I saw a television segment last week by RoadTrip Nation. This organization takes a very inspiring approach to working with young adults and older teens who are struggling to figure out where they fit and where they want to go with life.
The show got me thinking about the people in our lives who, with the best of intentions, tell us that our dreams are wrong or are impossible to fulfill. Teens and young adults, currently our Millennial generation, are usually the most deeply impacted by Dream Crunchers. Most of us have had at least one of these well-meaning advisors and many of us have been one at some time or another.
Dream Crunchers are usually people who are personal or cultural authority figures and they often believe they’re looking out for our best interest. The messages they give might look like this: “Don’t be silly!” “Who do you think you are?” “You can’t make a living that way.” “Your chances of making that work are pretty slim.” “Get a real job.”
If we let it happen, the impact of their perspectives can turn us away from our most cherished dreams.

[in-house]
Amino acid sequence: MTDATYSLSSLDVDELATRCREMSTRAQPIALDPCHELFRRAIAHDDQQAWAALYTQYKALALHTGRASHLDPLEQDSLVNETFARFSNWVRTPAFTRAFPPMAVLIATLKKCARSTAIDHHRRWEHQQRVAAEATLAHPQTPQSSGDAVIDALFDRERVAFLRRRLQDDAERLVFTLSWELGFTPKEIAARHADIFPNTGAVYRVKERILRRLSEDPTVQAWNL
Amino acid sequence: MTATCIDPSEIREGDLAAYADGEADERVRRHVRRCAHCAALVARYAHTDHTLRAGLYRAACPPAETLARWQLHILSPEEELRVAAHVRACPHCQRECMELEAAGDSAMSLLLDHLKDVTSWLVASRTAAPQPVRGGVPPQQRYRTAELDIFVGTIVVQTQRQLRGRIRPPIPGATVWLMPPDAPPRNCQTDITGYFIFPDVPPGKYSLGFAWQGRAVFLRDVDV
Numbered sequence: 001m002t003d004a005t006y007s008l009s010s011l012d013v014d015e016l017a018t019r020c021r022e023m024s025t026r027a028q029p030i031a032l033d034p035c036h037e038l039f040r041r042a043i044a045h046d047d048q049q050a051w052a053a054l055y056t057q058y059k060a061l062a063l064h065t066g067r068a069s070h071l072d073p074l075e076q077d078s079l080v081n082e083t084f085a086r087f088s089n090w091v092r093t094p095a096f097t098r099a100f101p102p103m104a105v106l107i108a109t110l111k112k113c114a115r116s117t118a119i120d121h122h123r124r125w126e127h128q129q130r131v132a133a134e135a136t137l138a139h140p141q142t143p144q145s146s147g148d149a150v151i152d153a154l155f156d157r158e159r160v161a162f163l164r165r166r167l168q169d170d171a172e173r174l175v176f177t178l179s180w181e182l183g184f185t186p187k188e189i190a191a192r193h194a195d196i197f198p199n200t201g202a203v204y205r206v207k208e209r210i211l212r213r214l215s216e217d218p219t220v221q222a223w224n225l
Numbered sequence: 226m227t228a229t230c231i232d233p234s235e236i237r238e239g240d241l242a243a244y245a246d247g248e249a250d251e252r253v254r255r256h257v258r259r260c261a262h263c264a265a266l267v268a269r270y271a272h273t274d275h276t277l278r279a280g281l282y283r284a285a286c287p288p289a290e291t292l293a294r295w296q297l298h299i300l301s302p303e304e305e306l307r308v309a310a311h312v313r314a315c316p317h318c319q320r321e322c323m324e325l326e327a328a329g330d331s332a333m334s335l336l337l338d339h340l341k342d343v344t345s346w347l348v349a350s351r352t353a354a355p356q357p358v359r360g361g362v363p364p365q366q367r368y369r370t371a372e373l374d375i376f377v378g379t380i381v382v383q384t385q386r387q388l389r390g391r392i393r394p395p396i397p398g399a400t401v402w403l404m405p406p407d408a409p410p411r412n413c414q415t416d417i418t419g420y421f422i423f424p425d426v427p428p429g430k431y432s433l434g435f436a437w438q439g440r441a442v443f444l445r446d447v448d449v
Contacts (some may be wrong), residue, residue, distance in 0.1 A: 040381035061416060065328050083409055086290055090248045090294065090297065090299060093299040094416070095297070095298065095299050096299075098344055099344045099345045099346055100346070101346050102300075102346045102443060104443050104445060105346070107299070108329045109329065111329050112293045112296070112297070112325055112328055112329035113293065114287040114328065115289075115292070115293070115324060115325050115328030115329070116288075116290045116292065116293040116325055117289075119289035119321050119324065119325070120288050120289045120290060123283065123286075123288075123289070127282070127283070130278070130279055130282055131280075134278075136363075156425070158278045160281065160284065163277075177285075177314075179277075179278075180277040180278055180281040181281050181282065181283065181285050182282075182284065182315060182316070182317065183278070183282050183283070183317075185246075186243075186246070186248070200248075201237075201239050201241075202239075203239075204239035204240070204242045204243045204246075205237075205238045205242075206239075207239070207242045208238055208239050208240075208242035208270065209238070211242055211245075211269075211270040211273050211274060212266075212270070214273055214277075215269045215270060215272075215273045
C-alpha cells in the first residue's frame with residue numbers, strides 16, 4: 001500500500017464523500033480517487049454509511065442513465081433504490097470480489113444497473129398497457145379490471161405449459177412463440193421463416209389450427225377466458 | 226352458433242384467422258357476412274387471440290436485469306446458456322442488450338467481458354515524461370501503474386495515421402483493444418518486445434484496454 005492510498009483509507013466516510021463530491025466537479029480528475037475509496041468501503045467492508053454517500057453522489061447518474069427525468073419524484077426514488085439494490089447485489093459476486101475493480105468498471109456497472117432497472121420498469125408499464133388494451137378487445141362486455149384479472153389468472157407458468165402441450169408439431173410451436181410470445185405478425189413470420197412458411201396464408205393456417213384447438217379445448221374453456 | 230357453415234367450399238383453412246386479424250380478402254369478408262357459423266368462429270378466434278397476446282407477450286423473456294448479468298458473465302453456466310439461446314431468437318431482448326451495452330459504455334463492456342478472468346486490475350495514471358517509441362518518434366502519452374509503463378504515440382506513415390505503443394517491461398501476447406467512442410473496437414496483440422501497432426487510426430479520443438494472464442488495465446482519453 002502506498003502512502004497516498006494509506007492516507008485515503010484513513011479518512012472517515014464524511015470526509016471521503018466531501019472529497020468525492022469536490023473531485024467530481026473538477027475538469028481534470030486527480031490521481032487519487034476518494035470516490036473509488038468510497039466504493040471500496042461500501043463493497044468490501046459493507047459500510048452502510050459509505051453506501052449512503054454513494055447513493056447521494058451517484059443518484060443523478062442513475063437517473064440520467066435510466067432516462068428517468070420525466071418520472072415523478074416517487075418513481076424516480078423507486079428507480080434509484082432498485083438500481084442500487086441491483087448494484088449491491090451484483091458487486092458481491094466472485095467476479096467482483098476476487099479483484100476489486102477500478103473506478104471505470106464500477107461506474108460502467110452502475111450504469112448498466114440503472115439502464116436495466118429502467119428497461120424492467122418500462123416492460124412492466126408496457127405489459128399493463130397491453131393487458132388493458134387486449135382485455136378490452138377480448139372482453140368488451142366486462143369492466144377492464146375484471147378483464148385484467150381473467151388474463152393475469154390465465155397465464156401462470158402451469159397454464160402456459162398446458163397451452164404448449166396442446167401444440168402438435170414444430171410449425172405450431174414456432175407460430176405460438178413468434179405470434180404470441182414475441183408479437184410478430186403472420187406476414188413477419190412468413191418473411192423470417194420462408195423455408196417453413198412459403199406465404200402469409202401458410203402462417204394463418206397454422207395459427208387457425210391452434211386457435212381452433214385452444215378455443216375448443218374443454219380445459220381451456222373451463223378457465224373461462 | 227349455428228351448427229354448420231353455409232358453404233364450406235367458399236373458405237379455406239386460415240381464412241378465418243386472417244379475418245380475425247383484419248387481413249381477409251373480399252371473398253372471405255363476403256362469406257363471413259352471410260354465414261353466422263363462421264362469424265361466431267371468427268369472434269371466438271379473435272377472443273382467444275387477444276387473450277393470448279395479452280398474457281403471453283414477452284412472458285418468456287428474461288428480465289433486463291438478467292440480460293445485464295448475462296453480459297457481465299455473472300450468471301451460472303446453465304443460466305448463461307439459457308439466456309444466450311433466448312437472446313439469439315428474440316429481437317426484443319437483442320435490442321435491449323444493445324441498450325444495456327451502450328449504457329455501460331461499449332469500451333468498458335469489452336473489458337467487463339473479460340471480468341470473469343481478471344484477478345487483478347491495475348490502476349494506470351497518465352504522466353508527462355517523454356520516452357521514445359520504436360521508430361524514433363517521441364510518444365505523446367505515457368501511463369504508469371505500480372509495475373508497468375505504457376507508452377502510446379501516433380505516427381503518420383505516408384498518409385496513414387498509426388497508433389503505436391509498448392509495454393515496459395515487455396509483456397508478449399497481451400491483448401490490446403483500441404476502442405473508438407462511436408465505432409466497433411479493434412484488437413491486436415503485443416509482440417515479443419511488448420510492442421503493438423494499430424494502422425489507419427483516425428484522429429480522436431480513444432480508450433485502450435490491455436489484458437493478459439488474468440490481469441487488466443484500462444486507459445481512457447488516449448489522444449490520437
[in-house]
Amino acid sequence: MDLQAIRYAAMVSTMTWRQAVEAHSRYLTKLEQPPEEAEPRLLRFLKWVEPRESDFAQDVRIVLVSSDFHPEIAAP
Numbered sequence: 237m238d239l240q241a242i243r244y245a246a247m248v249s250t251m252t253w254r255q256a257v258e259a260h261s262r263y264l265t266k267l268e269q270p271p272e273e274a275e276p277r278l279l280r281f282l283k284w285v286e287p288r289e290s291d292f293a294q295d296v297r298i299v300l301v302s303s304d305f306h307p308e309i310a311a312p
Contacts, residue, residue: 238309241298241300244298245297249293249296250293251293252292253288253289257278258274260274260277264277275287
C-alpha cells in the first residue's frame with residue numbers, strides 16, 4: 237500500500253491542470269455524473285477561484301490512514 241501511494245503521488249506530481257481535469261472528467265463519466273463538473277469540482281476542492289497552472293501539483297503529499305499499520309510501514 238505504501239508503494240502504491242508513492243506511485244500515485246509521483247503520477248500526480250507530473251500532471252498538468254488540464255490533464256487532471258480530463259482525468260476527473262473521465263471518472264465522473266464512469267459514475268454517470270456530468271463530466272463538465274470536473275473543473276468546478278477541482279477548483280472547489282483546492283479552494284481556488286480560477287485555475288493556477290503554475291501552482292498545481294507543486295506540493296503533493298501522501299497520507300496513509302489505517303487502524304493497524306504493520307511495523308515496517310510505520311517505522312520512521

If one of your well-meaning Dream Crunchers has you reconsidering the value or viability of your heart’s desire, you don’t have to walk away from your dreams and you don’t have to be angry.
Three things you can do to live your dreams:
- Recognize that you have an unusual dream and there isn’t a lot of support for achieving it so you’ll need to be determined, courageous and creative if you want to live it.
- Consider that your well-meaning Dream Cruncher has no clue how to help you achieve that dream but feels that he/she should be able to help. Let them off the guilt hook by kindly telling them that you’ll figure this one out for yourself.
- Put on your brave shoes and boldly go forth into the unknown, inviting all who are watching you to see what happens when you jump out of the box and dare to be original. Keep going until you get there.
If you find yourself being a well-meaning Dream Cruncher, relax, it’s ok. At some point, every dreamer needs people who provide them with reality checks. You don’t have to be confrontational and you don’t have to smash the dream or criticize the dreamer.
Three things you can do to support your dreamer and fulfill your sense of responsibility:
- Ask her/him what the plan is for achieving the dream.
- Admit that you have no idea how such a dream can become a lived reality and tell your dreamer that you’re interested in seeing how that’s going to happen.
- Admit that you don’t relate to this dream. There’s no need to give a reason, just own your disconnect from your dreamer’s dream. Ask your dreamer what he/she likes about the dream and the idea of living it.
Laughing Womyn Ashonosheni is a Healer who helps Millennials, GenX’ers & Baby Boomers live the lives they want. You can see more about her work at LaughingWomyn.com.